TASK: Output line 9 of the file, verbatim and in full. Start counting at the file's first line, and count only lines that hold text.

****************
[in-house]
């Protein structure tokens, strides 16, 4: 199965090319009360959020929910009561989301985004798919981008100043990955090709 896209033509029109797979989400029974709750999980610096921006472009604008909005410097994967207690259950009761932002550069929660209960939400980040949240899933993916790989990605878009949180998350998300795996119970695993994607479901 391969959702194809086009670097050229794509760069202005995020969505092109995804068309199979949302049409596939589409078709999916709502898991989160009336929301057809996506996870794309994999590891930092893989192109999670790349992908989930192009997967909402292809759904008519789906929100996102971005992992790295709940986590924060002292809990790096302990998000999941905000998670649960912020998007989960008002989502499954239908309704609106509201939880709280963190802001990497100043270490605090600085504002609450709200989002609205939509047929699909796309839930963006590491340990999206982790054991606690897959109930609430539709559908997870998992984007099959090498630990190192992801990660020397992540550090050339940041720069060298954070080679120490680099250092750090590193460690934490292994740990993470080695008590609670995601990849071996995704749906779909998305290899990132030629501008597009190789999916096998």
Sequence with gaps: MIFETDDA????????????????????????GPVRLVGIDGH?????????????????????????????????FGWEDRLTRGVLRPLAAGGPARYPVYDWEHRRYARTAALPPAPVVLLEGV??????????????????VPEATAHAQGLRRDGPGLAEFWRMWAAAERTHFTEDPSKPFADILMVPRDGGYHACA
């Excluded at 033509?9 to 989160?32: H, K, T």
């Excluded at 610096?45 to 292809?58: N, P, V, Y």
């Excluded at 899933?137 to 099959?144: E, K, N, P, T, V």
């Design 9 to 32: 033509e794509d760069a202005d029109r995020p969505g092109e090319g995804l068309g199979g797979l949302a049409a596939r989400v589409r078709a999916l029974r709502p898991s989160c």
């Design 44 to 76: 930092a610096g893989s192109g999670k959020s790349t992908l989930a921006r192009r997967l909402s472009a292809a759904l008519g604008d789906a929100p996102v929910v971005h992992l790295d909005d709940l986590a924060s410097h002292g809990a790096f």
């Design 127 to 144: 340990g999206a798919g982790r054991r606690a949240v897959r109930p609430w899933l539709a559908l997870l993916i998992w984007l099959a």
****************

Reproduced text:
């Design 127 to 144: 340990g999206a798919g982790r054991r606690a949240v897959r109930p609430w899933l539709a559908l997870l993916i998992w984007l099959a």